Any protest must be organised by the ST …BE PEACEFUL and above all else get our point across.
    Next season’s season tkt sales will be the straw that breaks the camel’s back for Mr Rahic.
    I still remember watching Bradford at home with just 6k supporters in valley parade… that’s what will happen if our owner’s don’t get some experienced help and know how in the boardroom .
    Mr Rahic has put in millions of his own money to buy his dream of owning football club… if he’s not careful… it will be his worst nightmare.
    Good leaders trust there judgement in appointing staff and letting them get on with it.
    Whilst been there to support and help when needed.
    Seems to me it’s the Rahic way or the door is shown.

  2. I’m not sure he can back off – leopards never chamge their spots!

    I’ve worked for micro managing megalomaniacs before, they are relentless and never give up in their approach. They don’t care who they upset, it’s like they have no comprehension of human emotion. And in doing so they destroy you mentally!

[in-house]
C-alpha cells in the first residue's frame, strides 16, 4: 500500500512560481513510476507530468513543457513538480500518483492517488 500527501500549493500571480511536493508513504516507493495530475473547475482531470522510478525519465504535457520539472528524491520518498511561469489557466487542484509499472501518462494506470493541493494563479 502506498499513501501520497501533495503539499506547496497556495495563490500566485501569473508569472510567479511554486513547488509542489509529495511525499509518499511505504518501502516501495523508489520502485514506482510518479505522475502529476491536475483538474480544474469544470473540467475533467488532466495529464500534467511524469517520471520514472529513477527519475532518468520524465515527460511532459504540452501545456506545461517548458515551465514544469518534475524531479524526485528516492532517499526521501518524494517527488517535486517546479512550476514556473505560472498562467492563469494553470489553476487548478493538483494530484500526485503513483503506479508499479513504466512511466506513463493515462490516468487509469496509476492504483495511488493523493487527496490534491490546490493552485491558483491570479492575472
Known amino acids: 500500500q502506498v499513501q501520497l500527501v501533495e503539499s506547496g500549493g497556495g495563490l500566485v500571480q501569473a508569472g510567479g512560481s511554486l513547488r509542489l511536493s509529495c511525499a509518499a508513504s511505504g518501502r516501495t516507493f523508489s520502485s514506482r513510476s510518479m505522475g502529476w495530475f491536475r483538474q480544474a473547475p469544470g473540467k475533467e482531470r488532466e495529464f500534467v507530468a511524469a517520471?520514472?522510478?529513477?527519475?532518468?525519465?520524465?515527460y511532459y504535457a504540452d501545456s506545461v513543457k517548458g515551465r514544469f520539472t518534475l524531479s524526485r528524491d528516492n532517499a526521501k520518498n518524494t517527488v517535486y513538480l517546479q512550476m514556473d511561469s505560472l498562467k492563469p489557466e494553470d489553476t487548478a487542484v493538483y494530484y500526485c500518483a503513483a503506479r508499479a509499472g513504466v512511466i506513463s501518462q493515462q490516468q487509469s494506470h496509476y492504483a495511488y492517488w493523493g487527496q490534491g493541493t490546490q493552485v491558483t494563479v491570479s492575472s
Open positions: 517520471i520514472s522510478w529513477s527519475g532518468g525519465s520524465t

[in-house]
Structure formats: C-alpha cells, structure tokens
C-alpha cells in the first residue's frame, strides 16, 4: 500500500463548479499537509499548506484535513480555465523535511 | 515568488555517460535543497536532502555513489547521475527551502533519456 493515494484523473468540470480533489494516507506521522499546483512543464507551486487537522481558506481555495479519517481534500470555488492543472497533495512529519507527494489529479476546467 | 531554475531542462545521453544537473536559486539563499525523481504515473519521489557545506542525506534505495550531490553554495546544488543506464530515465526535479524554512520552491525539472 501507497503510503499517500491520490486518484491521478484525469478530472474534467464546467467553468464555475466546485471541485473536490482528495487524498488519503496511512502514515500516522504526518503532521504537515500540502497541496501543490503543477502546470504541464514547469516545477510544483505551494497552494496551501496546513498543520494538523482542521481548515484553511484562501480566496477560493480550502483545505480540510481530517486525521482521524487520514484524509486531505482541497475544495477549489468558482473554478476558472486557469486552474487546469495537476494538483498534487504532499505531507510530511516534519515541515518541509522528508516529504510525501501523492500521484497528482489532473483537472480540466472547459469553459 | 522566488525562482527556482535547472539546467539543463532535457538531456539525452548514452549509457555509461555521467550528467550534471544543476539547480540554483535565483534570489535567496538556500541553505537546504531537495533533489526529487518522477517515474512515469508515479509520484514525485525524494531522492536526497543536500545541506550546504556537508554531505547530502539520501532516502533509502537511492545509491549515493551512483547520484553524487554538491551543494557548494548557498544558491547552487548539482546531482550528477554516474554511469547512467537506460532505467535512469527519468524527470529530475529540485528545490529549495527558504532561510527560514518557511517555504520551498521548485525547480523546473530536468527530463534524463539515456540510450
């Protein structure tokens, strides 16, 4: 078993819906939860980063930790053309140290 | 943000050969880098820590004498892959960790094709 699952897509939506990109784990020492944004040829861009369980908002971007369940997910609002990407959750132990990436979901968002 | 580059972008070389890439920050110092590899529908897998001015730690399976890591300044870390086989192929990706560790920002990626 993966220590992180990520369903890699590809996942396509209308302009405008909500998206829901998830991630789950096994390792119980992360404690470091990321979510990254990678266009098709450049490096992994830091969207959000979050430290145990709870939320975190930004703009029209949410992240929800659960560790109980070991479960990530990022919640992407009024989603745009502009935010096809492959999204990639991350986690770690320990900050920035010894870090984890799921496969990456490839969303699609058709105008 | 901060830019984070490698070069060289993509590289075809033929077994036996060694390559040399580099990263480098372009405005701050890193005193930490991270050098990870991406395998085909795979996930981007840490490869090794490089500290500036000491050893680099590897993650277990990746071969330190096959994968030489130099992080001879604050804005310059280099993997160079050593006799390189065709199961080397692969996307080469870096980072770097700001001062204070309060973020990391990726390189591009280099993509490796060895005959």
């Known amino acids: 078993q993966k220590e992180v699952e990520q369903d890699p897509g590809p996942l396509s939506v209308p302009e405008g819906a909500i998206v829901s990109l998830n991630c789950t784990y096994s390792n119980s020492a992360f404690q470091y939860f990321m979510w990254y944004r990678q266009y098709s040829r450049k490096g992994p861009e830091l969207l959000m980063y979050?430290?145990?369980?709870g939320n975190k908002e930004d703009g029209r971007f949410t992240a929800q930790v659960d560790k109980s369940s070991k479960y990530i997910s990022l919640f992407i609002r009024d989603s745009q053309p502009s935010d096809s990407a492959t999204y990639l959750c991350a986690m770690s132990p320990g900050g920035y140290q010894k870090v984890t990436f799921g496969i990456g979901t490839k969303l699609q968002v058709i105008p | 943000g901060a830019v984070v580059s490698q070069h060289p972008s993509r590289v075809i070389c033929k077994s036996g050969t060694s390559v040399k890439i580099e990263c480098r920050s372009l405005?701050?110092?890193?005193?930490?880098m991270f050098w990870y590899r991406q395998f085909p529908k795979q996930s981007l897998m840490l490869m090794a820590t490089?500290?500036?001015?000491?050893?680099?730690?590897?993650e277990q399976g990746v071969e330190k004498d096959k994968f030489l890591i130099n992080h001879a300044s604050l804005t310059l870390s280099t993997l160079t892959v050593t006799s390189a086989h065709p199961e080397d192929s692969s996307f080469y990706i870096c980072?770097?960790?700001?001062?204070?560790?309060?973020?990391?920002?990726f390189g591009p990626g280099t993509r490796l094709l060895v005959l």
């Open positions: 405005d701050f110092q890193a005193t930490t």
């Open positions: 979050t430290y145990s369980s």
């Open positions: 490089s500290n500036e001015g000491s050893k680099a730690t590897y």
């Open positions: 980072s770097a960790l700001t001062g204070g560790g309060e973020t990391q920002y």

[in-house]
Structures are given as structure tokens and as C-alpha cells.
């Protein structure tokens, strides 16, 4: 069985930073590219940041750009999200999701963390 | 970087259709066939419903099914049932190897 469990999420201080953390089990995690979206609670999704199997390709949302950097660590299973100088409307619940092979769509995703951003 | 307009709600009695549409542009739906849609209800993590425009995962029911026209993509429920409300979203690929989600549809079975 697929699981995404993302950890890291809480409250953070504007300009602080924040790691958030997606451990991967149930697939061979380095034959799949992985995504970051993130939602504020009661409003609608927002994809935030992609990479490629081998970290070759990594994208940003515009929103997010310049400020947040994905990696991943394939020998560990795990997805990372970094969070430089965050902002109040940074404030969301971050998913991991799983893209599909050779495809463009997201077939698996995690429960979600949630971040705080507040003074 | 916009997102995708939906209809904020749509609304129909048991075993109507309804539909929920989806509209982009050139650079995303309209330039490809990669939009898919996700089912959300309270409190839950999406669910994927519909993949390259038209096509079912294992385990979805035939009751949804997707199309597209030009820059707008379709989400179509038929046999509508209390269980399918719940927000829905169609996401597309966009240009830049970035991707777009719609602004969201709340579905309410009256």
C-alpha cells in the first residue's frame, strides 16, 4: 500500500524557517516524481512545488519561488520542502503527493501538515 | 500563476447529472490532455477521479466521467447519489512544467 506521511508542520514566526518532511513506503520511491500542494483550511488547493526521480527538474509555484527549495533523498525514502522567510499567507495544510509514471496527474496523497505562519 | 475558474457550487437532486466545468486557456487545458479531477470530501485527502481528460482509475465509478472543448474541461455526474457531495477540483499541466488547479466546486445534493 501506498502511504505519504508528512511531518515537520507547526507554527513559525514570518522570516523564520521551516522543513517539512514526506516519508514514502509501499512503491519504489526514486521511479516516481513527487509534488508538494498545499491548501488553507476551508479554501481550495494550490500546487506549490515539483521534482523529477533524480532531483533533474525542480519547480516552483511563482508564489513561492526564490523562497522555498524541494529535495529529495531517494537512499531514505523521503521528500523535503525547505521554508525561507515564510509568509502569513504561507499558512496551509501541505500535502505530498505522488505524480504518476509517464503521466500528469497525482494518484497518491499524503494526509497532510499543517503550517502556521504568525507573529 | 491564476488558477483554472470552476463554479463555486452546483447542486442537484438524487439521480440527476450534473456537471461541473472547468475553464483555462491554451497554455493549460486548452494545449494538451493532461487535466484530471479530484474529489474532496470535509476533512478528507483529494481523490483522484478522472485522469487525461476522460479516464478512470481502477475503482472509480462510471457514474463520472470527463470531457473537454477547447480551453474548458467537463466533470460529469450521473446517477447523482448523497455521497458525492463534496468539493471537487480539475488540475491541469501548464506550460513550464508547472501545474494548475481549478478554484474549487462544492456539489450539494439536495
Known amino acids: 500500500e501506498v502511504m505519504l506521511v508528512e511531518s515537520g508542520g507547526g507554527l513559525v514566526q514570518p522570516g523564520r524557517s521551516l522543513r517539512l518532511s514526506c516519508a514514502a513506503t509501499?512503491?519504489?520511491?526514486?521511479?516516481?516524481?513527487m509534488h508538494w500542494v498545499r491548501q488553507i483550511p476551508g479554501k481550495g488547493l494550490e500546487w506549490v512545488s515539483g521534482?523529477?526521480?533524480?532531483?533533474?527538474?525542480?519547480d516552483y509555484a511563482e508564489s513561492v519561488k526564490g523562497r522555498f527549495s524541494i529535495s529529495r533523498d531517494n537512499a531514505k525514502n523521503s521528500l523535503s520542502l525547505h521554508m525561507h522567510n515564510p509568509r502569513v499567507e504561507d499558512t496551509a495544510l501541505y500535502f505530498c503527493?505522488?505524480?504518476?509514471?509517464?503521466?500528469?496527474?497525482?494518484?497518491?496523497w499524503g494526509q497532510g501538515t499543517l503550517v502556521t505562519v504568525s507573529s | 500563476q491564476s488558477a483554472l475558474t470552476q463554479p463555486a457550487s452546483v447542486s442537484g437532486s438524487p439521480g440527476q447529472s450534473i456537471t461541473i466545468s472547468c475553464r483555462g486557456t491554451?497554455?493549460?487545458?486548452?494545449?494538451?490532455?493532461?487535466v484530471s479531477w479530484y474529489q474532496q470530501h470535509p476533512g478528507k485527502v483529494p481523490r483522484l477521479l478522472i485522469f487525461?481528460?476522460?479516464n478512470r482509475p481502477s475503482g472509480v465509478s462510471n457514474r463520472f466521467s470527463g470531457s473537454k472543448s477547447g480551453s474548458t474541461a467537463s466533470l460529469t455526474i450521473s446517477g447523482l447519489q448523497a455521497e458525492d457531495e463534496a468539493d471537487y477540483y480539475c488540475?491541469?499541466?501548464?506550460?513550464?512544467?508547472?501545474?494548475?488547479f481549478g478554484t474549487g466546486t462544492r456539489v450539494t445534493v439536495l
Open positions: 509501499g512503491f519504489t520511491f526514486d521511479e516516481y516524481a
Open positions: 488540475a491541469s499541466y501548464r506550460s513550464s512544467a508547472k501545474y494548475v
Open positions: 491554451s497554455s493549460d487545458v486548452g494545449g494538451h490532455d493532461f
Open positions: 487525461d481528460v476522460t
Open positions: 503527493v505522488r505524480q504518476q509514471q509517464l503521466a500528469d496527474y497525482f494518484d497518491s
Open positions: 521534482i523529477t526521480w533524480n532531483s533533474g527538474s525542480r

He needs to go full stop!


    • I personally feel we have gone down the path of no return under the present owners. The above post was spot on about the micro management method these type of people find so difficult to operate in any other way and do not value other peoples opinions. Absolute power never works it leads to conflict and hurt just what City fans are feeling at present about the Club we all love so much . A change of ownership is the only way out of this.

  3. Peaceful protest yes
    but give your full support to the players on the pitch
    Getting up and leaving you’re seat and going to the concourse does not help the players